Air-to-Air Refuelling Returns to CF

The Air Force will soon have strategic air-to-air refuelling (SAAR) capability.  One modified CC-150T (tanker) Polaris aircraft is now being tested and evaluated at 4 Wing Cold Lake, Alta. for this purpose.

This operational testing and evaluation (OT&E) phase introduces increasingly difficult air-to-air refuelling sequences and missions under operational conditions. Lessons learned will be implemented to ensure the capabilities of the CC-150T (tanker) are used to their maximum potential.

The Polaris (or Airbus A-310) is capable of off-loading 80,000 pounds of fuel to receiving aircraft over a 2,500 Nautical Mile leg (4,630 km). This will permit the Polaris tanker to ferry a flight of four CF-18 Hornets non-stop across the Atlantic Ocean.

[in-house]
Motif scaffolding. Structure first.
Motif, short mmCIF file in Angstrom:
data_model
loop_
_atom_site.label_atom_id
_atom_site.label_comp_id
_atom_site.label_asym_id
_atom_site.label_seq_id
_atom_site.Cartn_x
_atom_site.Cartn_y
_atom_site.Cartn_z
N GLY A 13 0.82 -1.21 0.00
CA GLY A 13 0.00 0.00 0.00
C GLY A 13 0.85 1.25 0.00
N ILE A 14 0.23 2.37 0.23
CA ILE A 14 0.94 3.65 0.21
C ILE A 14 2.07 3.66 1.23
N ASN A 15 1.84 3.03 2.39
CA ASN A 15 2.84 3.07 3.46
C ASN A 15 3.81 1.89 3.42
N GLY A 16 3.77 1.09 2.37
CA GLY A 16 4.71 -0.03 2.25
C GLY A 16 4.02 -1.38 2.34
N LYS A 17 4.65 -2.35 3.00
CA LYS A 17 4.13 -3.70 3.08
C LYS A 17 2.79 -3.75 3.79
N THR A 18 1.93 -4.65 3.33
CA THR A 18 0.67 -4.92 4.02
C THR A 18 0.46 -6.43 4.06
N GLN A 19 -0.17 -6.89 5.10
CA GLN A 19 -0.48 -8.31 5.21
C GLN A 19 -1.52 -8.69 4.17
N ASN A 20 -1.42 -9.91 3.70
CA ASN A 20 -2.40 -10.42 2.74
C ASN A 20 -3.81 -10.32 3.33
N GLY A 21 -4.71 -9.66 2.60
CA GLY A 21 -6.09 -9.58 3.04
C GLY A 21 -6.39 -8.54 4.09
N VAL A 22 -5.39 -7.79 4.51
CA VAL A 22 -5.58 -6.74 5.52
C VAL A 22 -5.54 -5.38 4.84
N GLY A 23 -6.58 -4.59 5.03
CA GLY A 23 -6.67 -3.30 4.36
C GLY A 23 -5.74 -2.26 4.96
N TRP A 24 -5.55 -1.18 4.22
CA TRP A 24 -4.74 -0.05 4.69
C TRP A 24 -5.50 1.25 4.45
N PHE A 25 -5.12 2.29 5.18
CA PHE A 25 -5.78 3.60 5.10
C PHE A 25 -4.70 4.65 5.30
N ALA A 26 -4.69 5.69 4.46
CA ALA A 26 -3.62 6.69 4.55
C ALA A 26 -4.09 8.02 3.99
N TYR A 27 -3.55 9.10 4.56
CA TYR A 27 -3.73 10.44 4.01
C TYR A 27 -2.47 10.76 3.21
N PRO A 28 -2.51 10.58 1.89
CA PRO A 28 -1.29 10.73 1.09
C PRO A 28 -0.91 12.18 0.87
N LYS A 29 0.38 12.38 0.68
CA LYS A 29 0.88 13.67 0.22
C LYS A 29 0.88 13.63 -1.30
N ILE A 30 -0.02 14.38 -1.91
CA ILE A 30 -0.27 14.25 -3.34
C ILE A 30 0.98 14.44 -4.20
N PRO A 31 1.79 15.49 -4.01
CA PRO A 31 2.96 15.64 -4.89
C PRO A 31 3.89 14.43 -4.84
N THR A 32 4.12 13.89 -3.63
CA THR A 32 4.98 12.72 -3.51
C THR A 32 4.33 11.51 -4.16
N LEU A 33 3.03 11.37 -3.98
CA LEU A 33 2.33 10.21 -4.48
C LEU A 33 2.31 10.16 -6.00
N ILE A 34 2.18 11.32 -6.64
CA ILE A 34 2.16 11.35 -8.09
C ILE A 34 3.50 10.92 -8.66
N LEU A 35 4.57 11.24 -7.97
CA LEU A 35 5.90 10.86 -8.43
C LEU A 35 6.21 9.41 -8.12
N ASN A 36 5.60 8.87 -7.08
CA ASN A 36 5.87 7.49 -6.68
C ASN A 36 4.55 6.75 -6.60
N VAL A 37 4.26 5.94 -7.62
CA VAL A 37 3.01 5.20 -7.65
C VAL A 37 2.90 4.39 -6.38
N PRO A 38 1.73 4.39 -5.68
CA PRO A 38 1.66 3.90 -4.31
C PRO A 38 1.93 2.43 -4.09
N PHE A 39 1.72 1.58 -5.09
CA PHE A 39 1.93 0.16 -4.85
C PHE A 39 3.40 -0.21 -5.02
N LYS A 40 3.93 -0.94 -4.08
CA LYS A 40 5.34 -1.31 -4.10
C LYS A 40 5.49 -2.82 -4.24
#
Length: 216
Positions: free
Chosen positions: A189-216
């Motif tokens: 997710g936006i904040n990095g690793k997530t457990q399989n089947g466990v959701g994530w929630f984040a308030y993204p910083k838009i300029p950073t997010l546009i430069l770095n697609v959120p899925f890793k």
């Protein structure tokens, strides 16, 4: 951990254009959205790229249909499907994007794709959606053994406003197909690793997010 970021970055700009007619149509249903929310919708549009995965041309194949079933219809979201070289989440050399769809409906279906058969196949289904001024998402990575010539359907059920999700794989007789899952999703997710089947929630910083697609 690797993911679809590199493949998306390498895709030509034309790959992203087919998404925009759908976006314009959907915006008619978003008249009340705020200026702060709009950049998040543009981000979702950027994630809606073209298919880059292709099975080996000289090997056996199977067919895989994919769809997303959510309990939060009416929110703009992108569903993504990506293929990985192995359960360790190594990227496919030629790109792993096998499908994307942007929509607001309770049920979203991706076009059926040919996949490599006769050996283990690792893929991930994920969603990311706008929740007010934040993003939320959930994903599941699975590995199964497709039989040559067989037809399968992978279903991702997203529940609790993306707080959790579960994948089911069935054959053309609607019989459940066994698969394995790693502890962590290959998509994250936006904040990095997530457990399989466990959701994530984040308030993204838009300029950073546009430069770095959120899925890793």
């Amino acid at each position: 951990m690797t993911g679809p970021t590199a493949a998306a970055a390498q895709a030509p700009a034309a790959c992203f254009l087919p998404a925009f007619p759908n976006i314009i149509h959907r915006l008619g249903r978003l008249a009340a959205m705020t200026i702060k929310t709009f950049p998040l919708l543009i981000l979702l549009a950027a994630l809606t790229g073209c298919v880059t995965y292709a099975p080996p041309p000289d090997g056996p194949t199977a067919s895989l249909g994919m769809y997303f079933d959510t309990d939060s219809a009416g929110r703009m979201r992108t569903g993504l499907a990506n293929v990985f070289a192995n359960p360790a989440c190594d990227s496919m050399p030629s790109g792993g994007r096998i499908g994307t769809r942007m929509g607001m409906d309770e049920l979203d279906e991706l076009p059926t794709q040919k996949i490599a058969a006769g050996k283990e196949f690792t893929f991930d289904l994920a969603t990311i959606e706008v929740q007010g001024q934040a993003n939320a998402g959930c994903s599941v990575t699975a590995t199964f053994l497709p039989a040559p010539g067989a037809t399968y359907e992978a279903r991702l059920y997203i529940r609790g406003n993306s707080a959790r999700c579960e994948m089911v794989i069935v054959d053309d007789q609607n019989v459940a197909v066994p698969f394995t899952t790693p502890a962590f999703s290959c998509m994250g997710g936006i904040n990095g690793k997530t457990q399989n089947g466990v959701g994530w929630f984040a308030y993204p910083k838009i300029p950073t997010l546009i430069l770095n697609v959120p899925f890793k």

Canada’s Air Force has not had this capability since it retired its fleet of CC-137 (Boeing 707) aircraft in 1997.

The CC150T successfully passed 14,000 pounds of fuel to three German Air Force Tornado fighter aircraft during the Customer Acceptance Flight completed on 30 May 2008.

The new SAAR capability, which will be based at 8 Wing Trenton, Ont., will permit fighter aircraft to fly longer distances without landing to refuel. The Air Force has used CC-130 Hercules aircraft from 435 Squadron at 17 Wing Winnipeg for tactical air-to-air-refuelling, however, the aircraft is limited by range and fuel capacity.

The SAAR capability modification to two of the CC150 Polaris five-aircraft fleet still permits the  primary role of long-range transport of personnel and equipment, as the newly configured aircraft remains capable of carrying  cargo and/or passengers.


Additional information